View of Fuji from the Bullet Train. The crater on the flank was created by the 1707 eruption.
Photograph courtesy of Mike Lyvers.

Mount Fuji is the archetype of the stratovolcano and probably rivals Vesuvius for the best-know volcano. The volcano rises about 3,500 m above the surrounding plain. Fuji has erupted at least 16 times since 781 AD. Most of these eruptions were moderate to moderate-large in size. The most recent eruption was in 1707-1708 from a vent on the southeast side of the cone. The eruption ejected 0.8 cubic km of ash, blocks, and bombs. Five historic eruptions have caused damage, including the 1707-1708 eruption, but no fatalities. Fuji had two large eruption (VEI=5) in 1050 and 930 BC.

Fuji's summit and crater. Photographs courtesy of Mike Lyvers.

Fuji's crater.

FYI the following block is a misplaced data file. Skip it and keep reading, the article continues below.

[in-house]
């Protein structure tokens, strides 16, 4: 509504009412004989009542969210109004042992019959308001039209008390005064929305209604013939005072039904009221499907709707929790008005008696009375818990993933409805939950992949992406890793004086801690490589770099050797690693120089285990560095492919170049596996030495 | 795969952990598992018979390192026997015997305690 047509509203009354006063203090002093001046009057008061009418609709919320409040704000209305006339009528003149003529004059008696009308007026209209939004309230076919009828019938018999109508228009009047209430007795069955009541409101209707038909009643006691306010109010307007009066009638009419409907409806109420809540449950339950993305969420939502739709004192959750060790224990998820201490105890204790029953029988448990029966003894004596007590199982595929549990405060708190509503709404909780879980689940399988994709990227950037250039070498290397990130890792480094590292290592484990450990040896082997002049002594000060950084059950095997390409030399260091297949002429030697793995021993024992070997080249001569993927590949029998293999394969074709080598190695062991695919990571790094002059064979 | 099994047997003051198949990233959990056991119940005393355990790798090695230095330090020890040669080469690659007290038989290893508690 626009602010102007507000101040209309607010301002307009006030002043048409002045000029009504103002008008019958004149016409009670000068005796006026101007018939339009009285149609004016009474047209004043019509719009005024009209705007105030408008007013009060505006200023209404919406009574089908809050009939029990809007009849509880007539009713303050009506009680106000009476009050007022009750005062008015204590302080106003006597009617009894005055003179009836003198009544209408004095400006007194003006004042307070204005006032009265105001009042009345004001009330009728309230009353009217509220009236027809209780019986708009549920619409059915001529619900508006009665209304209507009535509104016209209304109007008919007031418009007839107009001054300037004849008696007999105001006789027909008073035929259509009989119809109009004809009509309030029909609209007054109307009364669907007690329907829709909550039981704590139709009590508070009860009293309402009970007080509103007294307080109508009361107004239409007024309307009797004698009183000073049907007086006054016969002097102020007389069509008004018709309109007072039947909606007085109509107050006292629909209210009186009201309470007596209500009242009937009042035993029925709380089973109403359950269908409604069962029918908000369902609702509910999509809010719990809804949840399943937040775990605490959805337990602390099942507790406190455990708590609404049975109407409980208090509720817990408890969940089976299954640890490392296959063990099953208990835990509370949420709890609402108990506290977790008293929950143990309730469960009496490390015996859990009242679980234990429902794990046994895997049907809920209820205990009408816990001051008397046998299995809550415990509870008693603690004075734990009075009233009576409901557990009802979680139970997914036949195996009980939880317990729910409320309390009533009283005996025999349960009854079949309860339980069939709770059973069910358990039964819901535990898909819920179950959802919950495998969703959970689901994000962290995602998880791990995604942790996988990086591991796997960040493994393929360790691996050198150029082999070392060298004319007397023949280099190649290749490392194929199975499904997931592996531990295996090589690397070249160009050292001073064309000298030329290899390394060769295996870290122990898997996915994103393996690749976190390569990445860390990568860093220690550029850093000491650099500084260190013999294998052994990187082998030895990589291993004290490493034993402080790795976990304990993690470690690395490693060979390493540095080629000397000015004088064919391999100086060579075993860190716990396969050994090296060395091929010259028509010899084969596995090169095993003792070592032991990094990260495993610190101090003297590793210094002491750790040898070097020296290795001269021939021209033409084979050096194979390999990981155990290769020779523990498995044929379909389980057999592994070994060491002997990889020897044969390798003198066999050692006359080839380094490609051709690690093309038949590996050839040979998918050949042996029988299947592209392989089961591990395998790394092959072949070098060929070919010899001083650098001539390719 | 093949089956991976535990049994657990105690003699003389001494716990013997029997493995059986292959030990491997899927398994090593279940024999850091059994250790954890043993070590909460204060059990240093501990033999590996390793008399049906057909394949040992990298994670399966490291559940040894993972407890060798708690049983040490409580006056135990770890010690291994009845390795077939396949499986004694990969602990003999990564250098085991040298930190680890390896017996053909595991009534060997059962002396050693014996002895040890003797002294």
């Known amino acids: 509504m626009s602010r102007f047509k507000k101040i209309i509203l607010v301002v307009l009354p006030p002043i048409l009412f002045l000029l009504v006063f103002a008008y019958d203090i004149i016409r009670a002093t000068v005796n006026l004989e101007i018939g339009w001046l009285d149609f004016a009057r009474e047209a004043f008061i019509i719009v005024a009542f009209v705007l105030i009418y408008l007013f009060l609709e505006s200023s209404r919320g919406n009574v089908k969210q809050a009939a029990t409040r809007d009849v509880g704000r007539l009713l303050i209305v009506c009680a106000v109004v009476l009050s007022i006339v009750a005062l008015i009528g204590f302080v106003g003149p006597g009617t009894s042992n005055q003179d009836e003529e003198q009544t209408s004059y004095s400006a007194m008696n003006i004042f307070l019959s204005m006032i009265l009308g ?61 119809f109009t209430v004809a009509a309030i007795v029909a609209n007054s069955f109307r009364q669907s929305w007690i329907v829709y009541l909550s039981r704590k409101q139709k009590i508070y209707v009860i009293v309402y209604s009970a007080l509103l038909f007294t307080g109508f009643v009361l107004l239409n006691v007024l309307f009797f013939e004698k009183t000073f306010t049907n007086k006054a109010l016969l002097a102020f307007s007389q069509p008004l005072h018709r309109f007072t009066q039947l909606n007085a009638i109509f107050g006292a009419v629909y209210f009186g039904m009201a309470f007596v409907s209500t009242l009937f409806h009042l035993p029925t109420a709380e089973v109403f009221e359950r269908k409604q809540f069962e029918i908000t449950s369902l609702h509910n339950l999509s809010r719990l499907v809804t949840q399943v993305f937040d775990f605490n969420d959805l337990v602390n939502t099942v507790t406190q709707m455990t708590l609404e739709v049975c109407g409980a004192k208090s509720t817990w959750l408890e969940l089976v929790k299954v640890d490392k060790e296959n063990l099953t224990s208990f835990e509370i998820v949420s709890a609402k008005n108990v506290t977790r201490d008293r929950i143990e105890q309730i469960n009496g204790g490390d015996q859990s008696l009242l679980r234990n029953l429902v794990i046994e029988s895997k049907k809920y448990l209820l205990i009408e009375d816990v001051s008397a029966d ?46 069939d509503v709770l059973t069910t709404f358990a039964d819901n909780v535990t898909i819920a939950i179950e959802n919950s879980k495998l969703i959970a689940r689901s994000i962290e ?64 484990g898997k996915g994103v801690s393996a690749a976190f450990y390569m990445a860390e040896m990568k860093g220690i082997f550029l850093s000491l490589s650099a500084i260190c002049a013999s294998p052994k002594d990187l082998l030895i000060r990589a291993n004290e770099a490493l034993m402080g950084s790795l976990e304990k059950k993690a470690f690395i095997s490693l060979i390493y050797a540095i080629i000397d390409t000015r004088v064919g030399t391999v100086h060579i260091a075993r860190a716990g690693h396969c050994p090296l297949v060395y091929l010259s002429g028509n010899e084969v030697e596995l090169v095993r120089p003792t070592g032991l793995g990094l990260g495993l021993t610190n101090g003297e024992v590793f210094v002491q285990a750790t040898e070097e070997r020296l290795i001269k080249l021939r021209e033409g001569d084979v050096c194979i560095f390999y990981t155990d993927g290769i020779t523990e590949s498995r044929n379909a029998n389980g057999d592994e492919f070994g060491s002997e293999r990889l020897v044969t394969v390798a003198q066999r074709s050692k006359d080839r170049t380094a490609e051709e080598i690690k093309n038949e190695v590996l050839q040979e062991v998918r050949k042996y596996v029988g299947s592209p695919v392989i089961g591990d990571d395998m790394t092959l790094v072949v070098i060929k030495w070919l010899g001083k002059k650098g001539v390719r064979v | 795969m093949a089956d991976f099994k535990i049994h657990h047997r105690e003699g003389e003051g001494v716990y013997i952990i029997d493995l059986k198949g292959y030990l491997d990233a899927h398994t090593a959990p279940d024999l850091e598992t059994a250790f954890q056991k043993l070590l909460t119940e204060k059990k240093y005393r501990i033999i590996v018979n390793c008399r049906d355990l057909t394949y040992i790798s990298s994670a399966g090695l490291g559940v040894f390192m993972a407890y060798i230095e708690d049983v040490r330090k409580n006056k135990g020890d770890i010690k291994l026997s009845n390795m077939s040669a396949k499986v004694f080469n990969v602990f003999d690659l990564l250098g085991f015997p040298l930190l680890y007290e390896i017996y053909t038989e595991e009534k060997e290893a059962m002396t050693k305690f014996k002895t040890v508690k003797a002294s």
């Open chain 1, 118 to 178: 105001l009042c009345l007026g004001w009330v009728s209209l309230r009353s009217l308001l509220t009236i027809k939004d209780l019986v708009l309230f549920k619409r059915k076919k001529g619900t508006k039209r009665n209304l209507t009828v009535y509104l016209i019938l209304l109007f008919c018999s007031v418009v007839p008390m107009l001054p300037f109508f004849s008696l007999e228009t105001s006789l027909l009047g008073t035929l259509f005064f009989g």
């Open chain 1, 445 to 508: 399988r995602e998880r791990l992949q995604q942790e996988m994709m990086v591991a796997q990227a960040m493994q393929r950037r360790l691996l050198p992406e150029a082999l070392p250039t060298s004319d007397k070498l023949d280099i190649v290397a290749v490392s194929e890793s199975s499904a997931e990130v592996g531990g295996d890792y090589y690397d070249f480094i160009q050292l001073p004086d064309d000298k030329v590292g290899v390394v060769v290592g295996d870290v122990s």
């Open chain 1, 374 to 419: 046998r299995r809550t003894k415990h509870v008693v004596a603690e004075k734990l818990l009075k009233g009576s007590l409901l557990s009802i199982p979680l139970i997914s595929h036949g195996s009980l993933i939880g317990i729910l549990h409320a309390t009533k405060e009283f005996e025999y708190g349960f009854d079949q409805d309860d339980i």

Fuji's crater.

Fuji's summit and crater.

A long line of climbers ascending Fuji.

A long line of climbers ascending Fuji.

Space Shuttle photo of snow-capped Fuji. Hakone caldera is to the right.

Mt. Fuji is even on the currency of Japan!


Other images

Mount Fuji is famous for its perfectly symmetrical cone. This photograph shows the shadow of Fuji projected of the adjacent countryside at sunrise. This photograph, taken in May of 1962, is copyrighted by Robert Decker.

Links to Other Sites about Fuji







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